The White-Tailed Hornet or Doubts About an Instinct

Robert Frost

The white-tailed hornet lives in a balloon
That floats against the ceiling of the woodshed.
The exit he comes out at like a bullet
Is like the pupil of a pointed gun.
And having power to change his aim in flight,
He comes out more unerring than a bullet.
Verse could be written on the certainty
With which he penetrates my best defense
Of whirling hands and arms about the head
To stab me in the sneeze-nerve of a nostril.
Such is the instinct of it I allow.

Yet how about the insect certainty
That in the neighborhood of home and children
Is such an execrable judge of motives
As not to recognize in me the exception
I like to think I am in everything,
One who would never hang above a bookcase
His Japanese crepe-paper globe for trophy?
He stings me first and stings me afterward,
He rolls me off the field head over heels,
And will not listen to an explanation.

That’s when I go as visitor to his house.
As visitor to my house he is better.
Hawking for flies about the kitchen door,
In at one door perhaps and out the other,
Trust him then not to put you in the wrong.
He won’t misunderstand your freest movements.
Let him light on your skin, unless you mind
So many prickly grappling-feet at once.
He’s after the domesticated fly
To feed his thumping grubs as big as he is.
Here he is at his best. But even here—

I watched him where he swooped, he pounced, he struck;
But what he found he had was just a nailhead.
He struck a second time. Another nailhead.
“Those are just nailheads. Those are fastened down.”
Then disconcerted and not unannoyed,
He stooped and struck a little huckleberry
The way a player curls around a football.
“Wrong shape, wrong color, and wrong smell,” I said.
The huckleberry rolled him on his head.
At last it was a fly. He shot and missed.
And the fly circled round him in derision.
But for the fly he might have made me think
He had been at his poetry comparing
Nailhead with fly and fly with huckleberry:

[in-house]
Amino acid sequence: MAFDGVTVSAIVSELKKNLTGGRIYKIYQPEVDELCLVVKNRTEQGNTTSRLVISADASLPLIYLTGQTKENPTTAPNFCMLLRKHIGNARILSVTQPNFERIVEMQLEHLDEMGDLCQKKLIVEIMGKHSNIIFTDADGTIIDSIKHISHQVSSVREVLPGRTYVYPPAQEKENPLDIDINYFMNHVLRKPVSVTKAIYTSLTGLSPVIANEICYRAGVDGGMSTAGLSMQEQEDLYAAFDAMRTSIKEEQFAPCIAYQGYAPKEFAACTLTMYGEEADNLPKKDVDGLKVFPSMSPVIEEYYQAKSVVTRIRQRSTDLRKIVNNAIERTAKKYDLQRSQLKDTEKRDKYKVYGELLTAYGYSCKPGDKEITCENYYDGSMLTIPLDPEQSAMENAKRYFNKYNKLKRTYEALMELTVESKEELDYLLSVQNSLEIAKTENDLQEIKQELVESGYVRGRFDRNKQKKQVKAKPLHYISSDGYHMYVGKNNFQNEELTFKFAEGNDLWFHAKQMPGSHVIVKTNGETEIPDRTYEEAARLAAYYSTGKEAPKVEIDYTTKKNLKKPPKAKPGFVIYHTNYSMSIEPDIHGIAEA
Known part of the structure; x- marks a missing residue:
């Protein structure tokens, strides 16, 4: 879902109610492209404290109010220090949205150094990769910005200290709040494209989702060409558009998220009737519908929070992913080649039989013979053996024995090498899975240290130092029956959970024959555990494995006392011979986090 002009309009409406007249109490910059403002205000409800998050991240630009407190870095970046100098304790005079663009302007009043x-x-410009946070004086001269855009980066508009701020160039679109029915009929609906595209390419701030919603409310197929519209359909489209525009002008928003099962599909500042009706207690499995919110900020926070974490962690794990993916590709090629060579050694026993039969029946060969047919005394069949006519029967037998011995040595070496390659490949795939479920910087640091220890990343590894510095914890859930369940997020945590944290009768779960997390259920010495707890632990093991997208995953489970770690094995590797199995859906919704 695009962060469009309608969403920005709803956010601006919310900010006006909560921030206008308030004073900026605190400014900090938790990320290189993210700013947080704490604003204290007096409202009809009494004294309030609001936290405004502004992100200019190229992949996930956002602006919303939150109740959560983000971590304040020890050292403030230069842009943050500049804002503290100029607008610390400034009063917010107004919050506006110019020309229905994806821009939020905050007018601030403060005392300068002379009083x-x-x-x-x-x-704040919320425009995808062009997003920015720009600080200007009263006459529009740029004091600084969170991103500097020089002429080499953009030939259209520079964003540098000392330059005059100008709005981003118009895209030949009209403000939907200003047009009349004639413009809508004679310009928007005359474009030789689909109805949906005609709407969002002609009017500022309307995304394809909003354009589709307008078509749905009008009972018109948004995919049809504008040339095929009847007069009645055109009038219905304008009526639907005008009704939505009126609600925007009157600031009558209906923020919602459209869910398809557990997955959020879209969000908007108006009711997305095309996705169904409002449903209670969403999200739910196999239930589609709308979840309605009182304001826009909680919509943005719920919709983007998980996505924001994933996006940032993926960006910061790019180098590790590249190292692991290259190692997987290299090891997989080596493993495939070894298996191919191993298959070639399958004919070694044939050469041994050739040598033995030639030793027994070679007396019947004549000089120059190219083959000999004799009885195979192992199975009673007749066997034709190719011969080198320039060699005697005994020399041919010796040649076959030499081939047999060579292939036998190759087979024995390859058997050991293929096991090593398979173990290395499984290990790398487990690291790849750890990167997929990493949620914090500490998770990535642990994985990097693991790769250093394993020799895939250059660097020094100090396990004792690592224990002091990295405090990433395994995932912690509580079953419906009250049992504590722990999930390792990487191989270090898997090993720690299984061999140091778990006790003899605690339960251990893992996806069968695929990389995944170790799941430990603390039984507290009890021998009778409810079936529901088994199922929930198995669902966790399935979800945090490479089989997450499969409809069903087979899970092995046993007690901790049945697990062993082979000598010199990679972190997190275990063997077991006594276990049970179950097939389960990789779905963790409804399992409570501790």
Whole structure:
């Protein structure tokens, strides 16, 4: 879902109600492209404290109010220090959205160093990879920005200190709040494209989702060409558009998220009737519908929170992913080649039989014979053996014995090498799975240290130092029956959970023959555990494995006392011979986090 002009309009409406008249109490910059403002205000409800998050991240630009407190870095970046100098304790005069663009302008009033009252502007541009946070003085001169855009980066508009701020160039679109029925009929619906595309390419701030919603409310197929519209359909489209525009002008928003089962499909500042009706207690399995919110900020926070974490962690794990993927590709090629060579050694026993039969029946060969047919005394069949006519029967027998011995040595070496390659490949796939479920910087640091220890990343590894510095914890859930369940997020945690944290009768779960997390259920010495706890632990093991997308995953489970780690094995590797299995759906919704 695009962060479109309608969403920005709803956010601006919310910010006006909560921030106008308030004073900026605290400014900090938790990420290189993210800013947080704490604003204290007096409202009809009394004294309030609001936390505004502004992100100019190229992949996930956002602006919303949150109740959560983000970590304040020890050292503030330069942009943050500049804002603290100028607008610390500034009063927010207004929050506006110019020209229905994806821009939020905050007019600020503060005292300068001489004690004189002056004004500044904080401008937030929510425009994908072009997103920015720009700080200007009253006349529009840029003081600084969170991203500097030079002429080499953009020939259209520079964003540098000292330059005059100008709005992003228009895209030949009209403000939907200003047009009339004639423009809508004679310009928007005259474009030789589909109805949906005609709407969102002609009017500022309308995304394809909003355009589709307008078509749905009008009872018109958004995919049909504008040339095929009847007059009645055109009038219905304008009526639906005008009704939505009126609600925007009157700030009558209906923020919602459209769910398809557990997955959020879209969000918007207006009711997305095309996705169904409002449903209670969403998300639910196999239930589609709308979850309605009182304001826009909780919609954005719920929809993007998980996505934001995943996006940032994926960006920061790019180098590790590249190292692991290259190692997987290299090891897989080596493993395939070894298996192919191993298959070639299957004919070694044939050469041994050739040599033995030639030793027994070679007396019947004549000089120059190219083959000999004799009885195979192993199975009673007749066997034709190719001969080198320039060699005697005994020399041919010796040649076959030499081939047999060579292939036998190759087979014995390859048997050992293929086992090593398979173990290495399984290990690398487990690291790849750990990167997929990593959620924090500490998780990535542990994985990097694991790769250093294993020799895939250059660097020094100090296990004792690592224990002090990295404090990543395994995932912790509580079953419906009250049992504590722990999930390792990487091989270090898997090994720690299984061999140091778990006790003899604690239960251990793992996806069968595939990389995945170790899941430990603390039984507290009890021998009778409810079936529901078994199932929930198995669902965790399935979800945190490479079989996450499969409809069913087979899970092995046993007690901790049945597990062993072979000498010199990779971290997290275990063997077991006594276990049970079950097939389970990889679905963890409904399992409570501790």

How like a fly, how very like a fly!
But the real fly he missed would never do.
The missed fly made me dangerously skeptic.

Won't this whole instinct matter bear revision?
Won't almost any theory bear revision?
To err is human, not to, animal.
Or so we pay the compliment to instinct,
Only too liberal of our compliment
That robs someone of what we want to keep,
I mean our cherished fallibility.
Our worship, humor, conscientiousness
Went long since to the dogs under the table,
And served us right for having instituted
Downward comparison. As long on earth
As our comparisons were stoutly upward
With gods and angels, we were men at least
But little lower than gods and angels.
But once comparison was yielded downward,
Once we began to see our images
Reflected in the mud and even dust,
‘Twas disillusion upon disillusion.
We were lost piecemeal to the animals,
Like people thrown out to delay the wolves.
Nothing but fallibility was left to us.
And this day’s work made even that seem doubtful.

Robert Frost was an American poet and four-time recipient of the Pulitzer Prize. He died in 1963.
Originally published:
March 1, 1936


10 Ways Ms., Sassy, and Jezebel Changed Your Life!

How contradiction drove fifty years of feminist media
Maggie Doherty

How Emily Wilson Reimagined Homer

Her boldly innovative translation of the Iliad is an epic for our time
Emily Greenwood

In the Shallows

Why do public intellectuals condescend to their readers?
Becca Rothfeld

You Might Also Like


Sign up for The Yale Review newsletter and keep up with news, events, and more.